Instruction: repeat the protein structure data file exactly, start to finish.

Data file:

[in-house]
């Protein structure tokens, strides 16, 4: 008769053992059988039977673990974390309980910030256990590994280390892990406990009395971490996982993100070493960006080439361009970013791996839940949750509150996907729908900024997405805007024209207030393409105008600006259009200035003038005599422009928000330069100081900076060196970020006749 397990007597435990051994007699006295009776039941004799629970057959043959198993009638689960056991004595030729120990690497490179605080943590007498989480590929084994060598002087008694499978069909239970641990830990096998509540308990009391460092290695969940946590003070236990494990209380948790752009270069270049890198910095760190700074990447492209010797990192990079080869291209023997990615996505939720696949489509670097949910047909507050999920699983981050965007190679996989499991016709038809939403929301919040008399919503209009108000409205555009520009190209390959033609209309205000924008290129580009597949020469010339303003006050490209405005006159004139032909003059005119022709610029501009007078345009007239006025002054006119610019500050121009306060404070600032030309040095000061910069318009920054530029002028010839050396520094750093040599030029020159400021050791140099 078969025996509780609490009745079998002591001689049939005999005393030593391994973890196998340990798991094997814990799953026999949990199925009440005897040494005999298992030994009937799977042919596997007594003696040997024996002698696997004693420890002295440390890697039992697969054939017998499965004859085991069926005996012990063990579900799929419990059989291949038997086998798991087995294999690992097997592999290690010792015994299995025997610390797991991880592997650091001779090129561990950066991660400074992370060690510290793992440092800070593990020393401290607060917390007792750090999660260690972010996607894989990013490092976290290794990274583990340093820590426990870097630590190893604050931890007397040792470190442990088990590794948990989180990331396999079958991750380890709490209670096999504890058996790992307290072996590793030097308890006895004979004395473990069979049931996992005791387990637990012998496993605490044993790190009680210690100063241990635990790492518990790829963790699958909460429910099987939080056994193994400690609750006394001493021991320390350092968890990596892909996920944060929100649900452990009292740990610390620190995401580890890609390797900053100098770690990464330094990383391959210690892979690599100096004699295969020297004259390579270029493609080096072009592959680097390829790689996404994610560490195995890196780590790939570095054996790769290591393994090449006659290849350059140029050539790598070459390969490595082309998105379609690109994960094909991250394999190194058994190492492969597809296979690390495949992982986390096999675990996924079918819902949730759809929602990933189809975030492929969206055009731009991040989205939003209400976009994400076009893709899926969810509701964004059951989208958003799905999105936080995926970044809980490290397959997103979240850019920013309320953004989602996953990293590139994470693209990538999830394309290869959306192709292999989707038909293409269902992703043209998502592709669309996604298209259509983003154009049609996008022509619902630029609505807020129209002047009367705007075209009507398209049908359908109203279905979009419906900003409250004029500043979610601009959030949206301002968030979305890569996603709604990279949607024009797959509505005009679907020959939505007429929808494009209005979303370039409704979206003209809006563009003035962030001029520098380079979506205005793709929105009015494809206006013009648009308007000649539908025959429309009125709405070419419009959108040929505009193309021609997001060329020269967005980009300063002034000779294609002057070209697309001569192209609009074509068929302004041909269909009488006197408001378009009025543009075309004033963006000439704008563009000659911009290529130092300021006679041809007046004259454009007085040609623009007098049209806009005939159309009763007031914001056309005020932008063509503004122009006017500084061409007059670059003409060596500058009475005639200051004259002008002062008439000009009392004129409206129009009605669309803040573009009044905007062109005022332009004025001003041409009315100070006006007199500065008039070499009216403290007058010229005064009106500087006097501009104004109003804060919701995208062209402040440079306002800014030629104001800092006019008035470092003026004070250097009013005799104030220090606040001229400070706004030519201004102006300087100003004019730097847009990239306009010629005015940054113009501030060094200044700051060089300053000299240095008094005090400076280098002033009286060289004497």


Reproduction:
[in-house]
């Protein structure tokens, strides 16, 4: 008769053992059988039977673990974390309980910030256990590994280390892990406990009395971490996982993100070493960006080439361009970013791996839940949750509150996907729908900024997405805007024209207030393409105008600006259009200035003038005599422009928000330069100081900076060196970020006749 397990007597435990051994007699006295009776039941004799629970057959043959198993009638689960056991004595030729120990690497490179605080943590007498989480590929084994060598002087008694499978069909239970641990830990096998509540308990009391460092290695969940946590003070236990494990209380948790752009270069270049890198910095760190700074990447492209010797990192990079080869291209023997990615996505939720696949489509670097949910047909507050999920699983981050965007190679996989499991016709038809939403929301919040008399919503209009108000409205555009520009190209390959033609209309205000924008290129580009597949020469010339303003006050490209405005006159004139032909003059005119022709610029501009007078345009007239006025002054006119610019500050121009306060404070600032030309040095000061910069318009920054530029002028010839050396520094750093040599030029020159400021050791140099 078969025996509780609490009745079998002591001689049939005999005393030593391994973890196998340990798991094997814990799953026999949990199925009440005897040494005999298992030994009937799977042919596997007594003696040997024996002698696997004693420890002295440390890697039992697969054939017998499965004859085991069926005996012990063990579900799929419990059989291949038997086998798991087995294999690992097997592999290690010792015994299995025997610390797991991880592997650091001779090129561990950066991660400074992370060690510290793992440092800070593990020393401290607060917390007792750090999660260690972010996607894989990013490092976290290794990274583990340093820590426990870097630590190893604050931890007397040792470190442990088990590794948990989180990331396999079958991750380890709490209670096999504890058996790992307290072996590793030097308890006895004979004395473990069979049931996992005791387990637990012998496993605490044993790190009680210690100063241990635990790492518990790829963790699958909460429910099987939080056994193994400690609750006394001493021991320390350092968890990596892909996920944060929100649900452990009292740990610390620190995401580890890609390797900053100098770690990464330094990383391959210690892979690599100096004699295969020297004259390579270029493609080096072009592959680097390829790689996404994610560490195995890196780590790939570095054996790769290591393994090449006659290849350059140029050539790598070459390969490595082309998105379609690109994960094909991250394999190194058994190492492969597809296979690390495949992982986390096999675990996924079918819902949730759809929602990933189809975030492929969206055009731009991040989205939003209400976009994400076009893709899926969810509701964004059951989208958003799905999105936080995926970044809980490290397959997103979240850019920013309320953004989602996953990293590139994470693209990538999830394309290869959306192709292999989707038909293409269902992703043209998502592709669309996604298209259509983003154009049609996008022509619902630029609505807020129209002047009367705007075209009507398209049908359908109203279905979009419906900003409250004029500043979610601009959030949206301002968030979305890569996603709604990279949607024009797959509505005009679907020959939505007429929808494009209005979303370039409704979206003209809006563009003035962030001029520098380079979506205005793709929105009015494809206006013009648009308007000649539908025959429309009125709405070419419009959108040929505009193309021609997001060329020269967005980009300063002034000779294609002057070209697309001569192209609009074509068929302004041909269909009488006197408001378009009025543009075309004033963006000439704008563009000659911009290529130092300021006679041809007046004259454009007085040609623009007098049209806009005939159309009763007031914001056309005020932008063509503004122009006017500084061409007059670059003409060596500058009475005639200051004259002008002062008439000009009392004129409206129009009605669309803040573009009044905007062109005022332009004025001003041409009315100070006006007199500065008039070499009216403290007058010229005064009106500087006097501009104004109003804060919701995208062209402040440079306002800014030629104001800092006019008035470092003026004070250097009013005799104030220090606040001229400070706004030519201004102006300087100003004019730097847009990239306009010629005015940054113009501030060094200044700051060089300053000299240095008094005090400076280098002033009286060289004497």